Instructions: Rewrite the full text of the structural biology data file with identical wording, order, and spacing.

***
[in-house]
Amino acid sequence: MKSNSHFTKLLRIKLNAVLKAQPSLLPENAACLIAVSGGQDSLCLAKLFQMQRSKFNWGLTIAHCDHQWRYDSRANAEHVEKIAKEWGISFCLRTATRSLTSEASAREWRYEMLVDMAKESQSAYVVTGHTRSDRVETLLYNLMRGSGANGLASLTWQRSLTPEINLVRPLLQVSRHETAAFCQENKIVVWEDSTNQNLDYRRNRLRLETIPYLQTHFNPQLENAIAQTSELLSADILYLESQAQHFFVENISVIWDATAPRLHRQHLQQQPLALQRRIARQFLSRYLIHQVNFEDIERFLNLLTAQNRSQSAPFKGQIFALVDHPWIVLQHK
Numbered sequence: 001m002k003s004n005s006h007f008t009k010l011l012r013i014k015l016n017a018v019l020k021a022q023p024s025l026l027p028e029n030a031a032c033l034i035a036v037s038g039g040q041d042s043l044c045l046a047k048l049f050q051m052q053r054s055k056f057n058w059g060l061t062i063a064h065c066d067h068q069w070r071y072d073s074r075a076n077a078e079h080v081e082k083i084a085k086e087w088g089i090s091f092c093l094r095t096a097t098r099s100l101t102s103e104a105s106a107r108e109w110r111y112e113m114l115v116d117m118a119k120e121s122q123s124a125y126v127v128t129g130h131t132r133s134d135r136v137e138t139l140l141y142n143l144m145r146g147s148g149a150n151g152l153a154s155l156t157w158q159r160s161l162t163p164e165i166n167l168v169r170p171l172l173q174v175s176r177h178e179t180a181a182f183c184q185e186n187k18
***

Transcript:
[in-house]
Amino acid sequence: MKSNSHFTKLLRIKLNAVLKAQPSLLPENAACLIAVSGGQDSLCLAKLFQMQRSKFNWGLTIAHCDHQWRYDSRANAEHVEKIAKEWGISFCLRTATRSLTSEASAREWRYEMLVDMAKESQSAYVVTGHTRSDRVETLLYNLMRGSGANGLASLTWQRSLTPEINLVRPLLQVSRHETAAFCQENKIVVWEDSTNQNLDYRRNRLRLETIPYLQTHFNPQLENAIAQTSELLSADILYLESQAQHFFVENISVIWDATAPRLHRQHLQQQPLALQRRIARQFLSRYLIHQVNFEDIERFLNLLTAQNRSQSAPFKGQIFALVDHPWIVLQHK
Numbered sequence: 001m002k003s004n005s006h007f008t009k010l011l012r013i014k015l016n017a018v019l020k021a022q023p024s025l026l027p028e029n030a031a032c033l034i035a036v037s038g039g040q041d042s043l044c045l046a047k048l049f050q051m052q053r054s055k056f057n058w059g060l061t062i063a064h065c066d067h068q069w070r071y072d073s074r075a076n077a078e079h080v081e082k083i084a085k086e087w088g089i090s091f092c093l094r095t096a097t098r099s100l101t102s103e104a105s106a107r108e109w110r111y112e113m114l115v116d117m118a119k120e121s122q123s124a125y126v127v128t129g130h131t132r133s134d135r136v137e138t139l140l141y142n143l144m145r146g147s148g149a150n151g152l153a154s155l156t157w158q159r160s161l162t163p164e165i166n167l168v169r170p171l172l173q174v175s176r177h178e179t180a181a182f183c184q185e186n187k18